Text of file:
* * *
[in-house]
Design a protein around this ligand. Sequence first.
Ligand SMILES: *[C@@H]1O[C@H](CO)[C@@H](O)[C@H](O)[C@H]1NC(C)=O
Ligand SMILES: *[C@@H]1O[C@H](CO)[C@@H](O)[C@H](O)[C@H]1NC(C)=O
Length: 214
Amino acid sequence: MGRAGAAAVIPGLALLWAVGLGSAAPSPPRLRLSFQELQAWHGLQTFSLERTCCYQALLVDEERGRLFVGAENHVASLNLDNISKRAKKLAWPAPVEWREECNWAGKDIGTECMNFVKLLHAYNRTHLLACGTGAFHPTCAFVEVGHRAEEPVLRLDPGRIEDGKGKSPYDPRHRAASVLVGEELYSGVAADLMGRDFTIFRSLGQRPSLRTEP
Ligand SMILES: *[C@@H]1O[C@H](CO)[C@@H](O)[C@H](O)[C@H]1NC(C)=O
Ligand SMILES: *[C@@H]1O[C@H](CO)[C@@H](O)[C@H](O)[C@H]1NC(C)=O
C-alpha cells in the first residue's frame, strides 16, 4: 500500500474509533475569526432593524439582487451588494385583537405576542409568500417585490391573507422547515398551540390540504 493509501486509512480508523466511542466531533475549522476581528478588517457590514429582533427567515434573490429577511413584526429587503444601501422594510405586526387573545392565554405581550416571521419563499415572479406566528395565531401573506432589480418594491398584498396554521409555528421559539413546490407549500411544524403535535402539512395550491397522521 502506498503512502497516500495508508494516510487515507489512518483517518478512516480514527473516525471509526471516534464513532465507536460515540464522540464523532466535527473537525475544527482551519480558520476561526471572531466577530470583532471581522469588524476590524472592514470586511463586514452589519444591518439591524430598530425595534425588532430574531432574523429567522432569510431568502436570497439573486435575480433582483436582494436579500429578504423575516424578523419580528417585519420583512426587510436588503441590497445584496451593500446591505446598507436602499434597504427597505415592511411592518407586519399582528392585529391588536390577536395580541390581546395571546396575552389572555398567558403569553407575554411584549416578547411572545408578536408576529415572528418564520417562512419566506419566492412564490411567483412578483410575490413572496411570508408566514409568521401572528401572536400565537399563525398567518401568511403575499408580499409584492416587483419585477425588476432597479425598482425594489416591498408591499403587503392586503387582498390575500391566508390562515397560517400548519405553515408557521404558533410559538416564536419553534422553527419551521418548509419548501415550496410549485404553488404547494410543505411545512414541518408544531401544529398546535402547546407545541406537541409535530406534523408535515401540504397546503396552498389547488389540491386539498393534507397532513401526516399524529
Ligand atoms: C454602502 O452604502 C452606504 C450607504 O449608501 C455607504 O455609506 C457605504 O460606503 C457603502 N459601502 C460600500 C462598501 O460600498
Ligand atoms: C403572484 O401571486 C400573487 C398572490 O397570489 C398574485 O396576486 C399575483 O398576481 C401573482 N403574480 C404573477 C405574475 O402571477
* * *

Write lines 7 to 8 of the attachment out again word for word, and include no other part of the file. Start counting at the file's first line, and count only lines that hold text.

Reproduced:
Ligand SMILES: *[C@@H]1O[C@H](CO)[C@@H](O)[C@H](O)[C@H]1NC(C)=O
Ligand SMILES: *[C@@H]1O[C@H](CO)[C@@H](O)[C@H](O)[C@H]1NC(C)=O